reconciling with one another." Here we have a husband who never
bothered to understand the feelings of his wife, however bad she
might have been. Not that what she thoughtlessly said needed
vindication, but that he failed to seek an explanation from her,
let alone forgive, and end a long and arduous impasse. That a
husband cannot reconcile with his wife for decades, who bore
seven children for him is too hard a heart, thoroughly opposed
to Christianity. What a contradiction?
A few years ago some extremists in India brutally killed
an Australian missionary and his two children. His wife pardoned
the criminals who killed her husband and children. We have many
cases where ordinary people forgiving sex-offenders and
Recently I read a story in the Deepika daily (a newspaper in India). Col Kaplar
was Hitler's trusted lieutenant. During World War II Hitler
occupied Rome and Col Kaplar gathered Jews and cheated them by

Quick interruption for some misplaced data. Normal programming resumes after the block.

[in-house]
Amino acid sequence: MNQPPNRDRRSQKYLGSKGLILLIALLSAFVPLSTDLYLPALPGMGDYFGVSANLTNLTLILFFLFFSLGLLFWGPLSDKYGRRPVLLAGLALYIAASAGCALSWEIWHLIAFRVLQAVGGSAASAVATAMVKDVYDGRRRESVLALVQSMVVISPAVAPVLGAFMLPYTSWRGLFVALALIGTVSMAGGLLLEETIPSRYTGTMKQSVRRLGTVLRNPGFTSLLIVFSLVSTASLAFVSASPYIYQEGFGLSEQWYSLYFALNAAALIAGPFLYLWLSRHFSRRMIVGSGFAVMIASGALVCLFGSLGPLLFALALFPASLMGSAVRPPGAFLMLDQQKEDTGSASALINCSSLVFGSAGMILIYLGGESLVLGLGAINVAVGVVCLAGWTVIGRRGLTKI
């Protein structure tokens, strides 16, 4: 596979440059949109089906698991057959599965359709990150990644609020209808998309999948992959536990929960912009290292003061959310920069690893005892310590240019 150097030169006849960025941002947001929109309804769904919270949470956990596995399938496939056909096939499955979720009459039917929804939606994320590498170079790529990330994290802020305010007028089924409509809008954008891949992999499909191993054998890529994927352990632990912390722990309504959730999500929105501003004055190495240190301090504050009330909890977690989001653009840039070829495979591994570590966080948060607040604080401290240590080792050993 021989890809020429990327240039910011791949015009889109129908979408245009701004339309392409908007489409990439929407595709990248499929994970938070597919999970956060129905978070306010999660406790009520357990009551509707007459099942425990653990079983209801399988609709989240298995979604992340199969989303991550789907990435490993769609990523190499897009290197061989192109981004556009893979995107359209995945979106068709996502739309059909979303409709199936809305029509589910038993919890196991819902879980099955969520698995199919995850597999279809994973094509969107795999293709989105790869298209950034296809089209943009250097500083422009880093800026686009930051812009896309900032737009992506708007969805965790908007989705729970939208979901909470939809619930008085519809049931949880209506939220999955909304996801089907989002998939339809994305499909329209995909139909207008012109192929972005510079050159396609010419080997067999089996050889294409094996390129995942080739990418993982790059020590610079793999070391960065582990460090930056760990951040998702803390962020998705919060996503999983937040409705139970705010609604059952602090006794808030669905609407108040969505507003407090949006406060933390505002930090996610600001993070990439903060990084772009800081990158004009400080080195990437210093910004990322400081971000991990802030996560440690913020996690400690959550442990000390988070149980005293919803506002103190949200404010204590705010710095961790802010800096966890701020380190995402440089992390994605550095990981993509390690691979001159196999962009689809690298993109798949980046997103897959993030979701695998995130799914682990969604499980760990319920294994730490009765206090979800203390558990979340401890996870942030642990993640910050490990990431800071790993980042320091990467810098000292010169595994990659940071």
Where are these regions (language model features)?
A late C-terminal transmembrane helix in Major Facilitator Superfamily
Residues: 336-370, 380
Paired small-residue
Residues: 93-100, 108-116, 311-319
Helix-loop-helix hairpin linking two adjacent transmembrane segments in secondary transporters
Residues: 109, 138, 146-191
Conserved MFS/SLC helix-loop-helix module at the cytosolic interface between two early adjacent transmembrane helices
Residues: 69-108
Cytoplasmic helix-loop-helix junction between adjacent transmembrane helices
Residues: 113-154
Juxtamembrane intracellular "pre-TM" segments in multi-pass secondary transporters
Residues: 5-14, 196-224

sending them unawares to concentration camps. Monsignor Hue was
a chaplain and he helped the Jews in various ways to escape
Hitler's tyranny. The colonel knew it and tried many times to
kill monsignor, but he escaped. Then Rome United force captured
Rome and Hitler's army was rounded up. One day Kaplar came to
Hue and asked if he really practiced what he preached about
forgiveness. Hue said, yes. Then he implored Hue to forgive and
show mercy on him. Hue asked him what he wanted to do for him.
Kaplar said, he and his family were in danger and asked Hue to
shelter them out of trouble. Hue forgave him all his past and
helped his family to escape to safety. Years later when war was
over Kaplar managed to find Monsignor Hue and thanked him for
his great act of kindness. He wondered how monsignor could
forgive him and help his family. He perceived that forgiveness
is a virtue, changed his mind and became a disciple of monsignor
who then baptized him.
Fr. K. K. John is a priest with Indian Orthodox Church now residing in New Jersey